Joseph F. Smith Family 1904 Public Domain

Another photo that has been frequently reproduced to illustrate the story of the Vassilyevs actually shows the family of Joseph F. Smith, the sixth president of The Church of Jesus Christ of Latter-day Saints. Joseph F. Smith had six wives and fathered a total of 48 children with five of them. He also adopted children. This photo shows 66 people, some may be grandchildren.

Below is an international collection of internet memes repeating the story with a variety of photos. One photo has even highlighted one of Joseph F. Smith's wives with a yellow box as if she is Mrs. Vassilyev. Another picture shows a May Day celebration from what appears to be the 1920s.

BigFamEasterBiggerCollage.jpgA collection of photos presented with this story, including captions in Filipino, Arabic and Portugese

Lead Stories reached out to Ally Avery, the Scientific Operations Manager of the Washington State Twin Registry who said it seems unusual that none of the births were single children. It was also quite amazing that almost all of the Vassilyev babies survived, when higher-order multiple pregnancies would be considered high risk even today, but she did mention that there is a modern case of a woman in Uganda who has given birth to three sets of quadruplets, four sets of triplets, and six sets of twins, and also has eight single-birth children for a total of 44 children.

Mirror.co.uk wrote an article about Mariam Nabatanzi titled, "World's most fertile woman had 44 kids by 36 - and she's raising them alone"

Want to inform others about the accuracy of this story?

See who is sharing it (it might even be your friends...) and leave the link in the comments.:

  Sarah Thompson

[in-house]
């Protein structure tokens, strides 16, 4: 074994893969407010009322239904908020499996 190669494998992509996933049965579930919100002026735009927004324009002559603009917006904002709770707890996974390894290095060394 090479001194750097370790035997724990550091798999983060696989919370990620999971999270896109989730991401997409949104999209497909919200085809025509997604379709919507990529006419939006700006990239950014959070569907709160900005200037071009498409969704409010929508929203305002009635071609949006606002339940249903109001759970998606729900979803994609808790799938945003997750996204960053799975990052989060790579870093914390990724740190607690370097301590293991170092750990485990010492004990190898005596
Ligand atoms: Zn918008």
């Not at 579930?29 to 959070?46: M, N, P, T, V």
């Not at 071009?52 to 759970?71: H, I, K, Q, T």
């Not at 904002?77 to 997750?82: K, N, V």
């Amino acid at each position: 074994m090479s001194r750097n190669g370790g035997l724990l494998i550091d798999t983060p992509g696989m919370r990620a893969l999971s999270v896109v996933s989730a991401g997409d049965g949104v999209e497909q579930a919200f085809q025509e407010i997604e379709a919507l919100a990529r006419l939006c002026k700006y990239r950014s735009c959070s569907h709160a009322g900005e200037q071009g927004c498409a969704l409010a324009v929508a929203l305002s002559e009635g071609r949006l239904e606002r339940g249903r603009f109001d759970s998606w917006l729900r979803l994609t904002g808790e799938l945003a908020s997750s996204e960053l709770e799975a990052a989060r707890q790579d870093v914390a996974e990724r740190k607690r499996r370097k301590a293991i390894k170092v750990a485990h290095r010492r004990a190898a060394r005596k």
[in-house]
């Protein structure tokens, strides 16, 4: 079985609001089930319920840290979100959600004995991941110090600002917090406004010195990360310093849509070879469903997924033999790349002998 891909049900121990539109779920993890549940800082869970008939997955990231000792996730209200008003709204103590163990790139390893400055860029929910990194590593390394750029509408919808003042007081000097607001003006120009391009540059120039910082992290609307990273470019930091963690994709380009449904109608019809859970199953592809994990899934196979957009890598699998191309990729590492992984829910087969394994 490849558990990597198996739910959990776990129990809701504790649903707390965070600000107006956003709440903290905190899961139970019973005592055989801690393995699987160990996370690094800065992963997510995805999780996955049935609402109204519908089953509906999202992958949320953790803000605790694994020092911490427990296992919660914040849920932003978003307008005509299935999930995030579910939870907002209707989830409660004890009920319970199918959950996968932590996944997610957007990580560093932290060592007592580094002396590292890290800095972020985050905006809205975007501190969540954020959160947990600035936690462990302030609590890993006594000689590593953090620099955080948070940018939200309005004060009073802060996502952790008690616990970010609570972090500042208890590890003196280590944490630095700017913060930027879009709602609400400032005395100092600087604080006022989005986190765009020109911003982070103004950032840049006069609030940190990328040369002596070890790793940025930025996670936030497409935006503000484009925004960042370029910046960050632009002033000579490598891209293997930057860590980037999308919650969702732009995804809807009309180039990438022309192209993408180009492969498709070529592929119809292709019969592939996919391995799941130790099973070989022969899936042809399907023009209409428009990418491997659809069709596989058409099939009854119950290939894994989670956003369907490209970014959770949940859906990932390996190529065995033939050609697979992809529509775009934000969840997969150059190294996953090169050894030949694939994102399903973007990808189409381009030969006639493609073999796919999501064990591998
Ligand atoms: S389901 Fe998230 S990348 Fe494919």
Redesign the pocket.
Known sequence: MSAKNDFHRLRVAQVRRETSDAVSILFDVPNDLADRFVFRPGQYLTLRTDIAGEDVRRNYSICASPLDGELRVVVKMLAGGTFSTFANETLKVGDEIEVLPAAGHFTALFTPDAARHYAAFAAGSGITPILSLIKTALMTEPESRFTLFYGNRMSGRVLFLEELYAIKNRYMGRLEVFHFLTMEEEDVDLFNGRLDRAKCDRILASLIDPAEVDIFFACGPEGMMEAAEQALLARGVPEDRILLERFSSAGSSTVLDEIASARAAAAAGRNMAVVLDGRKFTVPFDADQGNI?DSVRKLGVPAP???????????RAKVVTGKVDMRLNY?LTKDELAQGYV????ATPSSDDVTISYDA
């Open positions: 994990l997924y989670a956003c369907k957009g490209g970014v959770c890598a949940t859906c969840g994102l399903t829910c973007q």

Sarah Thompson lives with her family and pets on a small farm in Indiana. She founded a Facebook page and a blog called “Exploiting the Niche” in 2017 to help others learn about manipulative tactics and avoid scams on social media. Since then she has collaborated with journalists in the USA, Canada and Australia and since December 2019 she works as a Social Media Authenticity Analyst at Lead Stories.


Read more about or contact Sarah Thompson

About Us

International Fact-Checking Organization Meta Third-Party Fact Checker

Lead Stories is a fact checking website that is always looking for the latest false, misleading, deceptive or inaccurate stories, videos or images going viral on the internet.
Spotted something? Let us know!.

Lead Stories is a:


Subscribe to our newsletter

* indicates required

Please select all the ways you would like to hear from Lead Stories LLC:

You can unsubscribe at any time by clicking the link in the footer of our emails. For information about our privacy practices, please visit our website.

We use Mailchimp as our marketing platform. By clicking below to subscribe, you acknowledge that your information will be transferred to Mailchimp for processing. Learn more about Mailchimp's privacy practices here.

Most Read

Most Recent

Share your opinion